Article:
February is National Heart month and this time of the year we are reminded that our daughter’s heart works so hard in order to provide her lungs with oxygen-poor blood and her body with oxygen-rich blood. Today I want to share our VSD story.
Our daughter Esther is our miracle baby. After hanging our son Peter we had 3 miscarriages and never thought we would have another baby. But God had other plans and blessed us with our daughter Esther. She was such a beautiful and quite baby. We had not realized that she had a VSD until she was 1 1/2 years old. The doctors never caught it. She was healthy and active. However, at around 2 1/2 years old our cardiologist convinced us that our daughter should get a heart surgery. At that time I was pregnant with our third child and our Elizabeth would have been only a couple of weeks old when Esther’s heart surgery was scheduled. You can only imagine what was going through my mind. I had a hard time understanding how I was supposed to be there for our sweet Esther and care for our infant at the same time. I remember crying so much once we had scheduled Esther heart surgery. I never knew that one could cry so many tears. The thought of heart surgery paralyzed me. When we drove to San Francisco to meet the surgeon with my husband, we prayed the whole way there. Heart surgery is so scary and we wanted to do what God wanted us to do. When we met our daughters surgeon he advised to wait because Esther was gaining weight, looked healthy, and was active. He advised us to do more tests and if those tests had good results than there was no need to rush and have our daughter get heart surgery. Those tests turned out really good and our cardiologist said that those results could not be possible. However, we know that with God all things are possible. Our daughter is now ten years old and goes to the doctors once a year to get a Echocardiograph and EKG test done. The left side of her heart ( left ventricle) is larger because of her VSD and if you listen to her heart beat you can hear a heart murmur in her heart. She is very active and is such a great helper. We are praying that God would heal her and believe in how powerful God is. We also know that doctors are amazing and that if need be she will have to have heart surgery. We go each day without really realizing that there is something different with our daughter. However, when we visit the cardiologist we are always reminded that she has VSD and that something wrong could go wrong and she would need to have heart surgery. We are trusting God every step of the way and are thanking him for our dearest Esther.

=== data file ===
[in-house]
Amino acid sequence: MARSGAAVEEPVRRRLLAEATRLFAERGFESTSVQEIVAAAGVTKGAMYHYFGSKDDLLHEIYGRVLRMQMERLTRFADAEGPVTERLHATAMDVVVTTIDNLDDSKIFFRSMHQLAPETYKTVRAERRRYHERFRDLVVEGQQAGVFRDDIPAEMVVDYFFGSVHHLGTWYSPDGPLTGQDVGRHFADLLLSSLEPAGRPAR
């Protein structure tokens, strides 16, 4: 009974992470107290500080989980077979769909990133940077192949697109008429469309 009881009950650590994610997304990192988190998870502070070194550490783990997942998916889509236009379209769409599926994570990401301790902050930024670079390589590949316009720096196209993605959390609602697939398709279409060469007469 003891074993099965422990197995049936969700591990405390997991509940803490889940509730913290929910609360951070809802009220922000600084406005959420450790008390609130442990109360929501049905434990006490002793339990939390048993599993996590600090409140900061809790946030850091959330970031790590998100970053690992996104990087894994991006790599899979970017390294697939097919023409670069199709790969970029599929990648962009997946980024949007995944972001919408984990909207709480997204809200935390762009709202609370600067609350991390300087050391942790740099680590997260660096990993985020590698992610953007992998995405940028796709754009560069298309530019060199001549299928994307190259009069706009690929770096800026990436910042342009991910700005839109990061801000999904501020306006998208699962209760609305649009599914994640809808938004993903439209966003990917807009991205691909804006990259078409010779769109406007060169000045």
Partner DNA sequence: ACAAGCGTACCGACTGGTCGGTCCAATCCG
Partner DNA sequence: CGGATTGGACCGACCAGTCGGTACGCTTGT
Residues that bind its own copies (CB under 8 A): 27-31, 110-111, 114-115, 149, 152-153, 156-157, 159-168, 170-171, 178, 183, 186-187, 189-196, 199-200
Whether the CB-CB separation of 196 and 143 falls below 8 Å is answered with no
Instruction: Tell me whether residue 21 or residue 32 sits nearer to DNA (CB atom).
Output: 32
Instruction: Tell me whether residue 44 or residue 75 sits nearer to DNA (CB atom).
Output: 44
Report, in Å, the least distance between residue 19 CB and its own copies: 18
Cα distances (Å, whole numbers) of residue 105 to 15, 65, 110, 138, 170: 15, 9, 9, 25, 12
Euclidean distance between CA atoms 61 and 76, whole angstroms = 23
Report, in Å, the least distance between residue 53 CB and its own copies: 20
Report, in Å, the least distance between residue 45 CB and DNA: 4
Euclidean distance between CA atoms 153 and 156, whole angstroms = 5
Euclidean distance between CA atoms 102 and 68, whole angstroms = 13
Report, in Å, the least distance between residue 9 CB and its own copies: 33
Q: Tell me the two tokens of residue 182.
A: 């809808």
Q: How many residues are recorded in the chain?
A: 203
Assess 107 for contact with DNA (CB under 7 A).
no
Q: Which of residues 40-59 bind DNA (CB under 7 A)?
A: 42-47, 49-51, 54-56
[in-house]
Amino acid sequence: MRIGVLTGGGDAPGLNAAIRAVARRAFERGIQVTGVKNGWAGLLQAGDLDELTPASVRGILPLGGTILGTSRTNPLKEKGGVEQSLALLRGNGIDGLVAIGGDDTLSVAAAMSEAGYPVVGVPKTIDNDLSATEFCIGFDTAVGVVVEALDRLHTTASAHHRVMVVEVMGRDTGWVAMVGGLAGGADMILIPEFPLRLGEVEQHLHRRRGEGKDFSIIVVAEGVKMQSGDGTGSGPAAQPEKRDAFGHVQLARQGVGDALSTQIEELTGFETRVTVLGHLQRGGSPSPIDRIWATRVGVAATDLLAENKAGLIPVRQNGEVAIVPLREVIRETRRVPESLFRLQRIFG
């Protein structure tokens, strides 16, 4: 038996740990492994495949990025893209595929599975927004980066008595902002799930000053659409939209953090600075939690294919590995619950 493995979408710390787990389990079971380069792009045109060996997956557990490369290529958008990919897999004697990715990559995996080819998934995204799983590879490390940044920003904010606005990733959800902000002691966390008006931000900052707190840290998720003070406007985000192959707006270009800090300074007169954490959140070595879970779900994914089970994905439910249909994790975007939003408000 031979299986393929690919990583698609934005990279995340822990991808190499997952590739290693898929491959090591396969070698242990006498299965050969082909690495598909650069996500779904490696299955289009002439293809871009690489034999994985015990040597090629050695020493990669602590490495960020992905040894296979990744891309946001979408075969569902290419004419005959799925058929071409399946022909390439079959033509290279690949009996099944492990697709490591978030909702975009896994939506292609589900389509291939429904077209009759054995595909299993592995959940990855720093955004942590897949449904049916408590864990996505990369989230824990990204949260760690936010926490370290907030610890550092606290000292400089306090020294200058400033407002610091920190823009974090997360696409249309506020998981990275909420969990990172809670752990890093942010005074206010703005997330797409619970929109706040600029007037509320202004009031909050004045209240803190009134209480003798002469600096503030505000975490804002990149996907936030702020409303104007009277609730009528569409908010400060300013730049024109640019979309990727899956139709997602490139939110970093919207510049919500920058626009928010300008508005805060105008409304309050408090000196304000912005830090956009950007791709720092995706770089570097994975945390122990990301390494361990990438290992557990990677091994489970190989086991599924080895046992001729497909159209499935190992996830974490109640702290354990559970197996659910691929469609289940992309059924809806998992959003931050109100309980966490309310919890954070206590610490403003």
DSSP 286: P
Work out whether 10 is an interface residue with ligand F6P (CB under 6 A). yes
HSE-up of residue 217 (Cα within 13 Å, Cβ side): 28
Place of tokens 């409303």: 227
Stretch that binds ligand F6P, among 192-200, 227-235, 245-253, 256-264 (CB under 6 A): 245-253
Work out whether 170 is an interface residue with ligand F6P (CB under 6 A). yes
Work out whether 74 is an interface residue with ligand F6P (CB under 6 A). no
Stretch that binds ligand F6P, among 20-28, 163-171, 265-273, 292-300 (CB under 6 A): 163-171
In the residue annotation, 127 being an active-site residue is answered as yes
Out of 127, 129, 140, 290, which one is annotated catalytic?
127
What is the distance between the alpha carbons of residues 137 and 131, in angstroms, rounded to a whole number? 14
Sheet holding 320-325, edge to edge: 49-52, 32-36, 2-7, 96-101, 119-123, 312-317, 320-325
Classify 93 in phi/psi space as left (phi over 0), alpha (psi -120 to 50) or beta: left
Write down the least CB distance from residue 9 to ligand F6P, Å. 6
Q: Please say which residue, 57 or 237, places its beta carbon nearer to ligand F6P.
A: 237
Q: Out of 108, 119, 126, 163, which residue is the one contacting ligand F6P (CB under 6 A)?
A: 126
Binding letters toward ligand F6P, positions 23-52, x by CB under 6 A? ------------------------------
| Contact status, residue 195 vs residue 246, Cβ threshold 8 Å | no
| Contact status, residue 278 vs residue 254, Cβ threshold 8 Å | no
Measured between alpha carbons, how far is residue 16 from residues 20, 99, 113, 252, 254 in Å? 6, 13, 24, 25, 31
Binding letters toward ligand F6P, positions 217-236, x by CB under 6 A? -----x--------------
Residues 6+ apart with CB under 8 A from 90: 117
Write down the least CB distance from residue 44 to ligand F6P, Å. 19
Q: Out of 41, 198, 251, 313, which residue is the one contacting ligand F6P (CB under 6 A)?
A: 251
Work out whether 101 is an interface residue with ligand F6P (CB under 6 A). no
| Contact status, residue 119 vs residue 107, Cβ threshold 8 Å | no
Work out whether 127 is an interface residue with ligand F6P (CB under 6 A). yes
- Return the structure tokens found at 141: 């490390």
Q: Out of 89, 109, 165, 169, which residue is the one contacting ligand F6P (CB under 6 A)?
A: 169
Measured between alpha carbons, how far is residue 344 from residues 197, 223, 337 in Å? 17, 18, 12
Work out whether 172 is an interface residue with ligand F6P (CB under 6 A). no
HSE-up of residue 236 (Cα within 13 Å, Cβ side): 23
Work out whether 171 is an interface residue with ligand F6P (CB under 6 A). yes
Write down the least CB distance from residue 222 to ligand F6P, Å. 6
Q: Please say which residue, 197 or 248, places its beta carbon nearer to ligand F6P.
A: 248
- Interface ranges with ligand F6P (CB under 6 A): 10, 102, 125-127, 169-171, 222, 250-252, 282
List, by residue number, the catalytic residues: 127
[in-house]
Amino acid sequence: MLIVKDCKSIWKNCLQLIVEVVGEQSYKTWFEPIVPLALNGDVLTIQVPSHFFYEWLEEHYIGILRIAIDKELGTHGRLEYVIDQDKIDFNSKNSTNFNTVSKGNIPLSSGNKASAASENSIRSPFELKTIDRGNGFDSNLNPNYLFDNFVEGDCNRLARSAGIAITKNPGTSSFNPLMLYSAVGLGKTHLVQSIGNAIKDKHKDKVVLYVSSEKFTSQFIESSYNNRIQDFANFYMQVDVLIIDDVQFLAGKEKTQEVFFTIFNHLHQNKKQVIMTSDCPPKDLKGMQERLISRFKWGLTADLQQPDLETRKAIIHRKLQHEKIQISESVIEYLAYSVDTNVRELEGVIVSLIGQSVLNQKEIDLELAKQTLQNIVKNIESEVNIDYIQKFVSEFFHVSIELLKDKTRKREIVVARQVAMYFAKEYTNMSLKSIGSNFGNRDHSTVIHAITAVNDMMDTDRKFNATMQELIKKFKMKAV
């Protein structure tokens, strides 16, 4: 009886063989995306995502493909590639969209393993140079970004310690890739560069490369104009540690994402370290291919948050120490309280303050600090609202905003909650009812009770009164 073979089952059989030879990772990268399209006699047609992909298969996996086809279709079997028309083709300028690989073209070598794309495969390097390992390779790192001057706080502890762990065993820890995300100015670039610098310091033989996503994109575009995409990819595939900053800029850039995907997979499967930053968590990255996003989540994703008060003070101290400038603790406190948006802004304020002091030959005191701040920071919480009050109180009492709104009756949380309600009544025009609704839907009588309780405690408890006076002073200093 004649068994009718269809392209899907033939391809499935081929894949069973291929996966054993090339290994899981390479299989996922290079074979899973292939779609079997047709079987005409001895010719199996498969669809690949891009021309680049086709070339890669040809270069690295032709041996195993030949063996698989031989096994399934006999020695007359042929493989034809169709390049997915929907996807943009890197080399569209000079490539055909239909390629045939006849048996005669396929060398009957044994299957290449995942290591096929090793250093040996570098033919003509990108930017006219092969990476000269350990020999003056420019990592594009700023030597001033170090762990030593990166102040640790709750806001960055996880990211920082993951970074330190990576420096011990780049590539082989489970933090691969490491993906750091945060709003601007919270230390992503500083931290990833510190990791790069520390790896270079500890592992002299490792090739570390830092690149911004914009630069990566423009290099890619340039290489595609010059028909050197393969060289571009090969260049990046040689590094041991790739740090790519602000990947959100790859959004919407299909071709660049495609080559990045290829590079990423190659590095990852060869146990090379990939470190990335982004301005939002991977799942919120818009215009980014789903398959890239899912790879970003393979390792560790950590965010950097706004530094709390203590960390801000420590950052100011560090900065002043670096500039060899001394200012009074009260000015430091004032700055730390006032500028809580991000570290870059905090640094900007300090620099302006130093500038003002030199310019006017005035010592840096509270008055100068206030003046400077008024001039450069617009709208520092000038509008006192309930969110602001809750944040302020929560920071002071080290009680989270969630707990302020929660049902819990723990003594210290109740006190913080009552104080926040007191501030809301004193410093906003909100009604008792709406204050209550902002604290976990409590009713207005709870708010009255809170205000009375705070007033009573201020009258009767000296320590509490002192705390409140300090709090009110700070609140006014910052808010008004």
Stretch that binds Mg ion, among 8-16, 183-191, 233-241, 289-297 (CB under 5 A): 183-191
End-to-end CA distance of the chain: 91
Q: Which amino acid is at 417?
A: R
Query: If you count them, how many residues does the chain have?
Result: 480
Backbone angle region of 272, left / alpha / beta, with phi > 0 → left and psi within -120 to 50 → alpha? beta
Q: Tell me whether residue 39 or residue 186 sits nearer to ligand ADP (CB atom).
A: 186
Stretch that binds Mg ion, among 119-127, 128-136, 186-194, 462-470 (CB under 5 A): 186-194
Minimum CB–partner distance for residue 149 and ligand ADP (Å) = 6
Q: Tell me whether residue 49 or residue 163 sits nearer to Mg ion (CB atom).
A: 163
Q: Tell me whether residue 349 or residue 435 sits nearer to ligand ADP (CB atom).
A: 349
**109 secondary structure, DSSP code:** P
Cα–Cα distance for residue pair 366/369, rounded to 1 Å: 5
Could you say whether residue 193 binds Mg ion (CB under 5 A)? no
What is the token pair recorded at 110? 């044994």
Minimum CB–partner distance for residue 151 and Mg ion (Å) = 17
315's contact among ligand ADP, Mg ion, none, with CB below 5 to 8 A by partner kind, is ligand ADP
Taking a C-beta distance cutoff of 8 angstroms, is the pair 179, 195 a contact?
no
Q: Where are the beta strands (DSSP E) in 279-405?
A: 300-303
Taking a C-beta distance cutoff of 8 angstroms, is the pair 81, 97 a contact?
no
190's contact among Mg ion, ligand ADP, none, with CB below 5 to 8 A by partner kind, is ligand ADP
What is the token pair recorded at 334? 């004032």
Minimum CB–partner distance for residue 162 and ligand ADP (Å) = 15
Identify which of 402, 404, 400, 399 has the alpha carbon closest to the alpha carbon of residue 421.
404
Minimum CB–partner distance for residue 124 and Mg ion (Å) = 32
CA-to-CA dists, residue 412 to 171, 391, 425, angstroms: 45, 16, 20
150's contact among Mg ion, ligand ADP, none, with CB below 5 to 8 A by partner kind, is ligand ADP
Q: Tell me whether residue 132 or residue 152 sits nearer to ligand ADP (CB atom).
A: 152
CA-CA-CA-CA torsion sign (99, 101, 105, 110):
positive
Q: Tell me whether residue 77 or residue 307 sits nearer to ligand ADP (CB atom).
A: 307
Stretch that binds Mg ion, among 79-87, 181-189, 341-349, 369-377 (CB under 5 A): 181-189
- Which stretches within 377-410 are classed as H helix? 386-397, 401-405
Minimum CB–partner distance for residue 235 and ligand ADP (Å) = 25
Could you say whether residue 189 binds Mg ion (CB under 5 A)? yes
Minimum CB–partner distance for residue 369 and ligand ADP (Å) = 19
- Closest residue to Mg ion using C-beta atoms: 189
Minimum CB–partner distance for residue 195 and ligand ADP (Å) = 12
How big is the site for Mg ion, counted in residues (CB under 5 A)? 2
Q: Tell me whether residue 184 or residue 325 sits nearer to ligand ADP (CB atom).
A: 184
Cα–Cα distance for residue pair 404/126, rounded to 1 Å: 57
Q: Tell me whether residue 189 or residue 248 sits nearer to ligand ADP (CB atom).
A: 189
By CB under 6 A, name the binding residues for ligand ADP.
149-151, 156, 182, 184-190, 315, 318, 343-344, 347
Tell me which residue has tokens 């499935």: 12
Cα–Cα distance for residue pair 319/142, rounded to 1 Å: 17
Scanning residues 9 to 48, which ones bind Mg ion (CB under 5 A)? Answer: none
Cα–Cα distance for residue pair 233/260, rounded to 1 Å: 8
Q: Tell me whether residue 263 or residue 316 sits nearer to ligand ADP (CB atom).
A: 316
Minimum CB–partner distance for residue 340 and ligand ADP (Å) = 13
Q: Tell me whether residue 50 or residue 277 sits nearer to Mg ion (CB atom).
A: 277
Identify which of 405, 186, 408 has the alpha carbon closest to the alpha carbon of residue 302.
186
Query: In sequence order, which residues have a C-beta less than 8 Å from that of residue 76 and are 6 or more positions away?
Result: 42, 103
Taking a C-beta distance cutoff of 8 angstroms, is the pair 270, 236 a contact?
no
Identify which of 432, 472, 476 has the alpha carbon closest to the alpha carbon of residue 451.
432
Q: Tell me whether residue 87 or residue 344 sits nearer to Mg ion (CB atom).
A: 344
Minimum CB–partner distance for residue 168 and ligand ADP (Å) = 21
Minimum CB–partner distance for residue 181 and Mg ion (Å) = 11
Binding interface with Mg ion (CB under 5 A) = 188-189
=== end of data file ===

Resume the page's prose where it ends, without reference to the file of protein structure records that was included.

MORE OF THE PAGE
What is VSD?
In order for our children to understand what VSD is we have to first teach our children how a normal heart works.
Our heart has two sides. These sides are separated by an inner wall called septum. Every time your heart beats, the right side of your heart receives oxygen-poor blood from your body and pumps in to your lungs. The left side receives oxygen-rich blood from your lungs and pumps it to your body.
The heart has four chambers. The two upper chambers are known as atria (right and left) they collect blood as it comes into the heart. The two lower chambers are called ventricles (right and left) and they pump blood out of the heart to lungs or other parts of the body.
In a normal heart the right side of the heart pumps blood to the lungs to pick up oxygen. Then the oxygen-rich blood returns from the lungs to the left side of the heart where then the left side pumps it to the body.
“When blood circulates in the body, it enters the heart through the right atrium, passes through to the right ventricle, and flows out through the pulmonary artery to the lungs, where it picks up oxygen and gets rid of carbon dioxide. From the lungs, blood returns to the left atrium and then enters the left ventricle, where it is pumped to the body through the aorta.”
VSD stands for Ventricular Septal Defect. Remember I said that a septum separates the two sides of the heart? Well in a child who has VSD there is a hole in the septum. Particularly between the right ventricle and the left ventricle. This allows blood to pass from the left side of her heart to the right side. So oxygen-rich blood can mix with oxygen-poor blood. When this happens some of the oxygen-rich blood will be pumped to the lungs instead of the body.
VSDs can be small to large. Small VSDs usually close on their own. Medium VSDs are less likely to close on their own and usually need surgery. Our daughter has a medium VSD. Large VSDs usually require surgery.
Children who have a VSD and are not gaining weight or have a hard time breathing when running or doing normal activities usually get surgery.
“When blood circulates in the body, it enters the heart through the right atrium, passes through to the right ventricle, and flows out through the pulmonary artery to the lungs, where it picks up oxygen and get rid of carbon dioxide. From the lungs, blood returns to the left atrium and then enters the left ventricle… the hole allows some blood in the left ventricle to go through the hole and back into the right ventricle and to the lungs…instead of out through the aorta..majority of the blood will at the same time will enter the left ventricle, where it is pumped to the body through the aorta. ”